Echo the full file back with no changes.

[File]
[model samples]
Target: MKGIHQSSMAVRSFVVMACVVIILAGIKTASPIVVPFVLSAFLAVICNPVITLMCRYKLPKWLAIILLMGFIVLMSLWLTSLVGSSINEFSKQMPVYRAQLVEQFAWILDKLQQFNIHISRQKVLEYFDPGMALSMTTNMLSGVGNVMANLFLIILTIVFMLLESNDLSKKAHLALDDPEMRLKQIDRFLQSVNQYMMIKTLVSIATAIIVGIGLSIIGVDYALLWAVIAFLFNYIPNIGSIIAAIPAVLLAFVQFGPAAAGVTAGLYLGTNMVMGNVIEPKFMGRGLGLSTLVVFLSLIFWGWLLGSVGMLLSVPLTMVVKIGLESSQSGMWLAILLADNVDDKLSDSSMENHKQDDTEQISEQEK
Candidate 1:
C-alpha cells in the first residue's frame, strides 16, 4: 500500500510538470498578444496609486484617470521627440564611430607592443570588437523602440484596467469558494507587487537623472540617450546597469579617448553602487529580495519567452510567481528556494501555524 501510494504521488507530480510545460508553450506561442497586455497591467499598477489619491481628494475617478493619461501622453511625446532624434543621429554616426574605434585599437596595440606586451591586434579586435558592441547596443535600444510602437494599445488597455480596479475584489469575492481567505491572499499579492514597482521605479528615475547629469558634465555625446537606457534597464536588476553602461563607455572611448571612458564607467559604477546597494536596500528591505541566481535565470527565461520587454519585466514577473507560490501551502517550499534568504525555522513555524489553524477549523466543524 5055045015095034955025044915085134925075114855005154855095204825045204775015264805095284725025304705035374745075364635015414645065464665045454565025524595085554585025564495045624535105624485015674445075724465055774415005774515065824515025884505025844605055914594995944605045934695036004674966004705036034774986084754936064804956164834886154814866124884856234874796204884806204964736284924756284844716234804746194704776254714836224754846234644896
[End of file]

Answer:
[model samples]
Target: MKGIHQSSMAVRSFVVMACVVIILAGIKTASPIVVPFVLSAFLAVICNPVITLMCRYKLPKWLAIILLMGFIVLMSLWLTSLVGSSINEFSKQMPVYRAQLVEQFAWILDKLQQFNIHISRQKVLEYFDPGMALSMTTNMLSGVGNVMANLFLIILTIVFMLLESNDLSKKAHLALDDPEMRLKQIDRFLQSVNQYMMIKTLVSIATAIIVGIGLSIIGVDYALLWAVIAFLFNYIPNIGSIIAAIPAVLLAFVQFGPAAAGVTAGLYLGTNMVMGNVIEPKFMGRGLGLSTLVVFLSLIFWGWLLGSVGMLLSVPLTMVVKIGLESSQSGMWLAILLADNVDDKLSDSSMENHKQDDTEQISEQEK
Candidate 1:
C-alpha cells in the first residue's frame, strides 16, 4: 500500500510538470498578444496609486484617470521627440564611430607592443570588437523602440484596467469558494507587487537623472540617450546597469579617448553602487529580495519567452510567481528556494501555524 501510494504521488507530480510545460508553450506561442497586455497591467499598477489619491481628494475617478493619461501622453511625446532624434543621429554616426574605434585599437596595440606586451591586434579586435558592441547596443535600444510602437494599445488597455480596479475584489469575492481567505491572499499579492514597482521605479528615475547629469558634465555625446537606457534597464536588476553602461563607455572611448571612458564607467559604477546597494536596500528591505541566481535565470527565461520587454519585466514577473507560490501551502517550499534568504525555522513555524489553524477549523466543524 5055045015095034955025044915085134925075114855005154855095204825045204775015264805095284725025304705035374745075364635015414645065464665045454565025524595085554585025564495045624535105624485015674445075724465055774415005774515065824515025884505025844605055914594995944605045934695036004674966004705036034774986084754936064804956164834886154814866124884856234874796204884806204964736284924756284844716234804746194704776254714836224754846234644896